Use of indapamide in hospital and community clinics and its effect on plasma potassium in Chinese patients Academic Article uri icon

abstract

  • OBJECTIVES: To investigate the usage pattern of indapamide and other antihypertensive drugs in patients attending a community-based government outpatient clinic (GOPC) or a hospital-based specialist clinic (SC). The plasma potassium concentrations of patients receiving indapamide and other diuretics were also examined. METHOD: Prescriptions from the SC and the GOPC were reviewed and collected during January 1998. Patients' plasma potassium concentrations and the date of initiation of each medication were retrieved from the hospital computer databases at SC. An age- and sex-matched control group of patients on non-diuretic antihypertensive drugs was identified. RESULTS: A total of 1648 and 773 prescriptions were collected from the SC during a 1-week period and GOPC during a 1-month period, respectively. Approximately half (45%) of the patients received antihypertensive treatment. Indapamide was five times more frequently prescribed in GOPC than SC (84.7 vs. 17.7%, P<0.001). Calcium channel blocking agents were the commonest antihypertensive drugs used in both clinics. The mean plasma potassium concentration of patients taking indapamide was lower than that of the control group (P = 0.037). Multiple linear regression analysis showed that consumption of indapamide (P =0.002) and duration of diuretic therapy (P = 0.023) were significantly related to changes in plasma potassium concentrations [multiple regression equation for potassium level = 4.09-0.145 (thiazide = 1)-0.377 (indapamide = 1) -0.00468 (duration of diuretic therapy in months)]. CONCLUSION: Indapamide was used extensively in the community clinic and less in the hospital-based outpatient clinic. Patients receiving indapamide had a significantly lower plasma potassium concentration as compared to other diuretics or antihypertensive groups and this was predicted by a multiple linear regression model. Monitoring plasma electrolytes before initiation of indapamide treatment and at regular intervals thereafter is essential for detecting the hypokalaemia that may occur in Chinese patients.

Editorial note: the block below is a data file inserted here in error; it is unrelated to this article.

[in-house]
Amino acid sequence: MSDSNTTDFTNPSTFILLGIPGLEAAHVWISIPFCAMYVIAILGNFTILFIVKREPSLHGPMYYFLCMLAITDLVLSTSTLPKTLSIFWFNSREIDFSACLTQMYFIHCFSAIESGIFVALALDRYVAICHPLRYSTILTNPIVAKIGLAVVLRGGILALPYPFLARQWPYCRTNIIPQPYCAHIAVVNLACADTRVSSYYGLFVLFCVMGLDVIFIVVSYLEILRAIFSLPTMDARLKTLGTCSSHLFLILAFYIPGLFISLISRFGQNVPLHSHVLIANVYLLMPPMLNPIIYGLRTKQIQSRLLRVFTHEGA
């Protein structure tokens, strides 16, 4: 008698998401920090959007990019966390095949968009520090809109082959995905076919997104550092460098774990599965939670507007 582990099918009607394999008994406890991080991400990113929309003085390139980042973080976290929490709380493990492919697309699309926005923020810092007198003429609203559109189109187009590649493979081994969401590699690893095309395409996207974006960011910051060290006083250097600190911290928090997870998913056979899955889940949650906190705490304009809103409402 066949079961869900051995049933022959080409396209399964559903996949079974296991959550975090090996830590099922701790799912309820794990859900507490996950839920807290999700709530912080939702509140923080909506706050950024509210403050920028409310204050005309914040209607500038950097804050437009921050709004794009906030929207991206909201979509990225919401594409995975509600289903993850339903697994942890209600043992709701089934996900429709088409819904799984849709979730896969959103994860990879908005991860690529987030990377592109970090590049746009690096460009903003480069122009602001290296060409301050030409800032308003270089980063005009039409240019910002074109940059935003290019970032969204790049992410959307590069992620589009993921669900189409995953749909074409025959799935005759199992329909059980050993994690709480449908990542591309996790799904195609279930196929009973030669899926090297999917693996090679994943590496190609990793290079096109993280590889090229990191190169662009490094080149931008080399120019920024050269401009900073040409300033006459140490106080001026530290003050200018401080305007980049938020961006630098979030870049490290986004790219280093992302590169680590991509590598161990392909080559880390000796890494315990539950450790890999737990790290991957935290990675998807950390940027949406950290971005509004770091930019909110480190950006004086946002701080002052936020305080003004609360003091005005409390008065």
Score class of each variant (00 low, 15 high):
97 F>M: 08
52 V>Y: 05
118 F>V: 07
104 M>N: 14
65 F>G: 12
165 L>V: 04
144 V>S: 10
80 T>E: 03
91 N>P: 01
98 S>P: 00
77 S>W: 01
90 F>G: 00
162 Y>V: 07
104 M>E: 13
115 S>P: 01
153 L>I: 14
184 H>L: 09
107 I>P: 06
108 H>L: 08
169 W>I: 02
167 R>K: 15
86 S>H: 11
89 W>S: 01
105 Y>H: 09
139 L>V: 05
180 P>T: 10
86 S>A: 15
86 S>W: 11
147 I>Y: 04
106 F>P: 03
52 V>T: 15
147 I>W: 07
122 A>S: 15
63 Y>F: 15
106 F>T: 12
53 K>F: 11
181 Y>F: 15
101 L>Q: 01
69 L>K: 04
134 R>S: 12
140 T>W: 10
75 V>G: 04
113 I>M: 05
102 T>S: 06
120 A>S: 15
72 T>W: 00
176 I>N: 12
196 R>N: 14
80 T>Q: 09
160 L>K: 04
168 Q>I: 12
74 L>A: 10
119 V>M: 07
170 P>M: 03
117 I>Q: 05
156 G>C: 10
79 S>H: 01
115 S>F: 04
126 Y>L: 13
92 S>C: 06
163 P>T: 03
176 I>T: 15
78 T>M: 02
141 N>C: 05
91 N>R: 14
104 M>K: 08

authors

  • Chang, S
  • Chan, WH
  • Kong, Y
  • Chan, GMC
  • Raymond, K
  • Lee, A
  • Lee, SC
  • Critchley, JAJH
  • Chan, JCN

publication date

  • August 1998

has subject area